Save the world? Let’s all start reading again, that’s what I say. Reading a book is an intensely personal activity. It’s just you and the words, make of them what you will. People can tell you what a book means to them, but no one can tell you what it means to you. That’s between you and the book. To find out, you need to come to know the book and your own mind. Those discoveries are generated in the private act of exploration we call reading. To be immersed in a book is to inhabit a creative and enchanted space, which is no bad thing to practice doing in a world that has come to feel distressingly devoid of magic. Because what is magic, if not another word for hope?
Here’s some of the fiction and non-fiction that I especially enjoyed in 2016. One way or another all these books address aspects of health, illness and wellbeing. Most of these titles are fairly recent publications, although I’ve included several older books that were new to me. Perhaps there’s something here to keep you company over the holidays, or better still to place on your bedside table to be part of your new year’s resolution to read for half an hour every night before sleep … to read yourself to sleep, to sleep perchance to dream …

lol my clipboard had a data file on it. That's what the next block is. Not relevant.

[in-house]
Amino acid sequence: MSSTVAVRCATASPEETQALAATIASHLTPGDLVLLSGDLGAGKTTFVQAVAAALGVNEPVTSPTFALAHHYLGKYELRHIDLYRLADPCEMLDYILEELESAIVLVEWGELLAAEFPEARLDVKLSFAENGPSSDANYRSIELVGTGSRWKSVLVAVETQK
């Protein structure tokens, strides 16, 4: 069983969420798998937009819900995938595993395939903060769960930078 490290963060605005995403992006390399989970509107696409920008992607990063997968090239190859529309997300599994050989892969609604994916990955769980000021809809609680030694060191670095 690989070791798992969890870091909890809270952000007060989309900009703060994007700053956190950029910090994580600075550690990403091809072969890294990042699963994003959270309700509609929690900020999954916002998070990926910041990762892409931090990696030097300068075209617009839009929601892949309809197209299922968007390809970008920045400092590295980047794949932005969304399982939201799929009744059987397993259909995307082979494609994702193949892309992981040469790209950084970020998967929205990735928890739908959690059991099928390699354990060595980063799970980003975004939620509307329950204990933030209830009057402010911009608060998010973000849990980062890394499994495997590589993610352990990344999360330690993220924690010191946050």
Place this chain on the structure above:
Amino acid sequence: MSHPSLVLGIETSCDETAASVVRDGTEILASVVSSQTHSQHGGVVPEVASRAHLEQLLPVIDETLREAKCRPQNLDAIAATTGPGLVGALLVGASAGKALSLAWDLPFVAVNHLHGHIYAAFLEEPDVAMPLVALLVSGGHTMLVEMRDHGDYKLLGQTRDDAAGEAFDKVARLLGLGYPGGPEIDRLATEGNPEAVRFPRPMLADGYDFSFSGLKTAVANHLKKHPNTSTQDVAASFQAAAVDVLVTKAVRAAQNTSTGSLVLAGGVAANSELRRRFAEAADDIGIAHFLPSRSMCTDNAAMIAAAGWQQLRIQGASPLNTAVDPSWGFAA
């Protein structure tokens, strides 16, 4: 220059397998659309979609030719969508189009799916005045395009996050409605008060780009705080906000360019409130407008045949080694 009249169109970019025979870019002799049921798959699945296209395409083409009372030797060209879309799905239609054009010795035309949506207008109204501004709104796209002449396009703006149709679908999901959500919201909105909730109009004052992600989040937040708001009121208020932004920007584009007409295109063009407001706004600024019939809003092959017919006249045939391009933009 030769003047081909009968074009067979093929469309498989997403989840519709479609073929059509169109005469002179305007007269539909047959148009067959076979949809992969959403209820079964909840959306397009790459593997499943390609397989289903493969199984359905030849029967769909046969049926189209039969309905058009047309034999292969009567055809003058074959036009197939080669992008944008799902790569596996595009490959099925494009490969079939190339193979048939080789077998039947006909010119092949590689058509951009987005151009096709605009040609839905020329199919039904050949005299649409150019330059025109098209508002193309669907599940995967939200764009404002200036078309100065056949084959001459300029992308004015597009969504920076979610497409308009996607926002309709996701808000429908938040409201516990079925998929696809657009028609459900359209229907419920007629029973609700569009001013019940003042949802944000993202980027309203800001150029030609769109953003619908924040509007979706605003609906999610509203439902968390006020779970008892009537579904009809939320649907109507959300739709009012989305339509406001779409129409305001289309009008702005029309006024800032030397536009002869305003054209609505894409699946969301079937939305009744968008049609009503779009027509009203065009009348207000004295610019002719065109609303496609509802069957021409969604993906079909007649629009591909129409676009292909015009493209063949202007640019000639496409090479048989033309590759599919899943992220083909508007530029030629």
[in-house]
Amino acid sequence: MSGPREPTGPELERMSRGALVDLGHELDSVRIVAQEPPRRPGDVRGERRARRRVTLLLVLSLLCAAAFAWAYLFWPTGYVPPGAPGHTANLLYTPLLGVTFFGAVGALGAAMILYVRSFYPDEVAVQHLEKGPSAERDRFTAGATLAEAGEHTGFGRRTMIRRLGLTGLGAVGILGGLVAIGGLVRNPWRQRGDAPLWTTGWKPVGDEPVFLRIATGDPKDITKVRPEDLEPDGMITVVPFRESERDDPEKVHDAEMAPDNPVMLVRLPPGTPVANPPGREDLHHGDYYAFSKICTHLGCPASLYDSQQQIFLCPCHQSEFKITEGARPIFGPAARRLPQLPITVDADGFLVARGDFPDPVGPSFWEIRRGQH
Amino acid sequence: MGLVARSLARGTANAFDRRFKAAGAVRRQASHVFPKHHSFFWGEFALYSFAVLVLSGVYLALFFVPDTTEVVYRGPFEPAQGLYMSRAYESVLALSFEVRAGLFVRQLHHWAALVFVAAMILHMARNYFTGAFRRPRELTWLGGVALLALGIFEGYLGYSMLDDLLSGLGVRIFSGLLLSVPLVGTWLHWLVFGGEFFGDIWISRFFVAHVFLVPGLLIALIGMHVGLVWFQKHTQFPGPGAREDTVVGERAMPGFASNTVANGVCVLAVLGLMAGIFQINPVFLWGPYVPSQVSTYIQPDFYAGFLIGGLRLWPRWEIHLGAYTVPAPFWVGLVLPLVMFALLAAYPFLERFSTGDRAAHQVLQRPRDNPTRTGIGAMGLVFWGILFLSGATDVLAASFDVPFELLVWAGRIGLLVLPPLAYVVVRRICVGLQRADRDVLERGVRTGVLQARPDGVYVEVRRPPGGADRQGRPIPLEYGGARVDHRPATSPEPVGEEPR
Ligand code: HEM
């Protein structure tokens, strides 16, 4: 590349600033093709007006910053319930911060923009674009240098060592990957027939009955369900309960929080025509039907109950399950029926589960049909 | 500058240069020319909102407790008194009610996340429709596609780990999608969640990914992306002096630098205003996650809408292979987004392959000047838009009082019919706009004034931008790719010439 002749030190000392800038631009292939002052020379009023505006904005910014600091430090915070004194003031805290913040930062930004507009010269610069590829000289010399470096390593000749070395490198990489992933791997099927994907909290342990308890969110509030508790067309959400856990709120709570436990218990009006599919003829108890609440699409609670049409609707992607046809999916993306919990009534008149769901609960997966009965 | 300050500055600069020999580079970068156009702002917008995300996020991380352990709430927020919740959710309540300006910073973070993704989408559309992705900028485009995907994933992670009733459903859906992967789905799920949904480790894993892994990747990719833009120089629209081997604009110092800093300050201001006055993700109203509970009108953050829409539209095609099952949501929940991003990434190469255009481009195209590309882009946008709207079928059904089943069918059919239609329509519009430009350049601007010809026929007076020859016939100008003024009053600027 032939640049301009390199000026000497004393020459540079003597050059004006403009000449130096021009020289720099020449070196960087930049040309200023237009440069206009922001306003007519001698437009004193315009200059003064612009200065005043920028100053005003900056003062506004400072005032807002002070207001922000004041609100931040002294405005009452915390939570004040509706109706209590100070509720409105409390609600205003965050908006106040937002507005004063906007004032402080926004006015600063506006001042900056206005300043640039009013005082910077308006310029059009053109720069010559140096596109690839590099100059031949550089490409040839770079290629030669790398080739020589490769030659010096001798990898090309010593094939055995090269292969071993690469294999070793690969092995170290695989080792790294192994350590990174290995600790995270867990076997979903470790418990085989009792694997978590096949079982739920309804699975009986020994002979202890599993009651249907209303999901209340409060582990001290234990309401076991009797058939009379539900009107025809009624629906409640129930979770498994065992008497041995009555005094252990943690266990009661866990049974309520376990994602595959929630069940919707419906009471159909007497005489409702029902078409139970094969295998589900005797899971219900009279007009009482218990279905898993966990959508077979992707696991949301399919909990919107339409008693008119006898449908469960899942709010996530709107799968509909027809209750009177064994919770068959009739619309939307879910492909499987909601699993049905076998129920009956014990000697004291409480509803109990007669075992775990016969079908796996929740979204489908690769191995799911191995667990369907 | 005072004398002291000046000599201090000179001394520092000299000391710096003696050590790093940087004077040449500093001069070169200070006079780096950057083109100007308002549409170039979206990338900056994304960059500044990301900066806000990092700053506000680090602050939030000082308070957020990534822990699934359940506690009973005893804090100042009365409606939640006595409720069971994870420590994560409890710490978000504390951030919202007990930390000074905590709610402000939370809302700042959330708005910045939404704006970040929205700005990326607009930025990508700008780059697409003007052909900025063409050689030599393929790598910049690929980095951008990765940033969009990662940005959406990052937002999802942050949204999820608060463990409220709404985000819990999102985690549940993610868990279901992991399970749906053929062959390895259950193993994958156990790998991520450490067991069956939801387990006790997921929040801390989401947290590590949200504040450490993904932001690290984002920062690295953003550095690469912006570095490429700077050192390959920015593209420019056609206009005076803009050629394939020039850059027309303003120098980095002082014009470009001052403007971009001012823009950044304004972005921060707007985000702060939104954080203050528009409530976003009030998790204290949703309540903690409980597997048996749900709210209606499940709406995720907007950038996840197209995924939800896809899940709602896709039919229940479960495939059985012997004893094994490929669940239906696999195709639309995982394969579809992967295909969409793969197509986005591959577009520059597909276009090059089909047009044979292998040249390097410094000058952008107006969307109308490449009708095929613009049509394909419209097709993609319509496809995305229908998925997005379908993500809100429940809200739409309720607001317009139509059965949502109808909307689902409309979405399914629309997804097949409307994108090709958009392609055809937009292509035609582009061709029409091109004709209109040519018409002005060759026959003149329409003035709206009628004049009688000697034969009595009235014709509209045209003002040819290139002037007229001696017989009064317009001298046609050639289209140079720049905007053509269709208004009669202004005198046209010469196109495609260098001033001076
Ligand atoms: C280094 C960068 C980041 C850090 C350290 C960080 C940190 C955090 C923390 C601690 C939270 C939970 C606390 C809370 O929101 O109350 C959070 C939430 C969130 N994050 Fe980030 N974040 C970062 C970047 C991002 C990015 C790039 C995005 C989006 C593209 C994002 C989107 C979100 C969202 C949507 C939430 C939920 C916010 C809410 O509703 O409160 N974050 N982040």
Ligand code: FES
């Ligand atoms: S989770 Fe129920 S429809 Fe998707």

- When Breath Becomes Air by Paul Kalanithi
- Adventures in Human Being by Gavin Francis
- What Really Matters by David Galler
- It’s All in your Head: True Stories of Imaginary Illnesses by Suzanne O’Sullivan
- The Master and his Emissary: The Divided Brain and the Making of the Western World by Iain McGilchrist
- On the Move by Oliver Sacks
- Late Nights on Air and Alone in the Classroom by Elizabeth Hay
- My Name is Lucy Barton and Olive Kitteridge by Elizabeth Strout
- Hot Milk by Deborah Levy
- The Regeneration Trilogy and Toby’s Room by Pat Barker
- A Little Life by Hanya Yanagihara
- I Know This Much is True by Wally Lamb
Sue Wootton is co-editor of Corpus.